Diamond Necklace Trends: From Past to Present

Whether modestly small or unabashedly oversized, pear-shaped or princess cut, diamonds have a timeless appeal that lends itself naturally to necklaces. After all, this is where they can best flatter a woman’s d├ęcolletage. Diamonds, like any other accessory, are susceptible to the whims of fashion trends, and as long as the shiny gems have been made into pendants, there have been designs and styles preferred over others. Becoming familiar with the many fascinating eras of diamond necklace trends is about more than discerning between vintage and vintage-inspired. Here are the essential time periods of which keen buyers should be aware.


From circa 1700 to around 1840, Georgian-style jewelry was the favored look. Each piece was handmade and therefore unique, making any item from this era particularly valuable. Short necklaces with classical motifs, like laurels, wreaths and repeating patterns and small portraits, were commonly worn. Rare and uncommonly colorful, Georgian jewelry often featured rose diamonds, garnets and topaz, and they are highly sought.


One of the more recognizable eras, Victorian, which spanned from before 1840 to around 1900-during the reign of Queen Victoria-features opulently-styled pieces, including diamond pendants, that are eye-catching and elaborate. The fine detail appeals to many jewelry buyers because it has a decidedly feminine air. Colorful, with bright gemstones and gold filigree, vintage Victorian pieces are highly romantic.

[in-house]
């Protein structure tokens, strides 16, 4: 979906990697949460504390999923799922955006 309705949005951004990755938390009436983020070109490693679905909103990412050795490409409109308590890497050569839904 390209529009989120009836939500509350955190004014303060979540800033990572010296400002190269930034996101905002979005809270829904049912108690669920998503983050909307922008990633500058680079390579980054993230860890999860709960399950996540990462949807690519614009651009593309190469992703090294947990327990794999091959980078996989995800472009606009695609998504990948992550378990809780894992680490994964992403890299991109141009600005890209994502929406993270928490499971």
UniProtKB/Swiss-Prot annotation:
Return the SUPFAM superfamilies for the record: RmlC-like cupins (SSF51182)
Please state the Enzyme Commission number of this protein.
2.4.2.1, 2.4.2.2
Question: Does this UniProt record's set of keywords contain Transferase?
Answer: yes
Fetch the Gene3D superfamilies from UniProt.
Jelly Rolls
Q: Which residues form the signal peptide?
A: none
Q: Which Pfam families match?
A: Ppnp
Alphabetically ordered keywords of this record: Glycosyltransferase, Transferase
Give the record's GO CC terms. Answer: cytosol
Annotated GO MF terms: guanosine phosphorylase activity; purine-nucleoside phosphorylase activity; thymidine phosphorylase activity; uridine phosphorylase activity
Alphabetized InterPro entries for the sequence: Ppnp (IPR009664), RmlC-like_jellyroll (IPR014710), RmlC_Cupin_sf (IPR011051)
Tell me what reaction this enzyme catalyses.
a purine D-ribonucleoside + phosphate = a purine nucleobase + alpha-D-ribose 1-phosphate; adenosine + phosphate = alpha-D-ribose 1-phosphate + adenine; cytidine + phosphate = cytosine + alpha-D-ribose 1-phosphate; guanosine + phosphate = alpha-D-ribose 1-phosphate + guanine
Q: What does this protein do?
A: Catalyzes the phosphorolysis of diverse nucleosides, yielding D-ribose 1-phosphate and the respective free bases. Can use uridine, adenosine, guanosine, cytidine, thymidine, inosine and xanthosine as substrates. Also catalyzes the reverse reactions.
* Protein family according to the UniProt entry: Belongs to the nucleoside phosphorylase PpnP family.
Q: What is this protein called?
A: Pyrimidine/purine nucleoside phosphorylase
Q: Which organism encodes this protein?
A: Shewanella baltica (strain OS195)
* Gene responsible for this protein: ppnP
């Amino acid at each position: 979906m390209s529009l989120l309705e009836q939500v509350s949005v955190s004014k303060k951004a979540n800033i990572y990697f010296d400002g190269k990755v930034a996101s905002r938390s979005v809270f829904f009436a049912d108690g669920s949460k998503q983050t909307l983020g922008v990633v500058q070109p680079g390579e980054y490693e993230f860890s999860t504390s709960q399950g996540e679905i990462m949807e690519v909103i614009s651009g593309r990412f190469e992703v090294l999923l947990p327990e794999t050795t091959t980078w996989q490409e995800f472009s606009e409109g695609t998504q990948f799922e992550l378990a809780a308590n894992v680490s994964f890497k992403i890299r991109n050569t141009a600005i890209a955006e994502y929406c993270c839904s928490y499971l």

Art Nouveau

With a touch of Asian influence and a never-ending parade of whimsical flora and fauna, Art Nouveau designs entranced wearers from the 1890s until about 1915. Heralding from France, the movement presented items that focused on natural themes and curving, organic lines rather than leaning on bright baubles. Finding a diamond Art Nouveau necklace is difficult, though not impossible.


One of the great eras for diamonds, the Edwardian period, which spanned the late 1890s into the early 1920s, was as extravagant as the Victorian age, but designers opted to highlight the almighty colorless diamond first and foremost, with precious and semi-precious gems like pearls, rubies and sapphires serving as accents. The hallmark of Edwardian pieces is the elegant, lacy look of filigree.

Art Deco

One of the best-known eras for jewelry, Art Deco diamond necklaces are long with geometric patterns, Egyptian imagery or African themes. They boast plenty of gold, semi-precious stones and even glass beads, among other decorative flourishes, and they often showcase combinations of stones for a bright, abstract effect.


The Retro era is the final period of note. Beginning in 1930 and trailing off around 1950, Retro was ostentatious and playful, with a noted emphasis on semi-precious stones. Large-scale diamonds are a bit harder to come by, but diamond necklaces accented with gold, intricate designs and semi-precious stones are still readily available.

Though modern diamond necklaces tend towards minimalism, with clean lines and a single central focus of one or three stones, vintage pendants are far more glamorous and striking, with colorful gems and decorative touches meant to steal the show. Authentic vintage pieces are sometimes hard to find, but vintage-inspired and custom-made options are widely available and offer a similar look.

This entry was posted in Uncategorized and tagged , , , , , , , , , , , , , , , . Bookmark the permalink.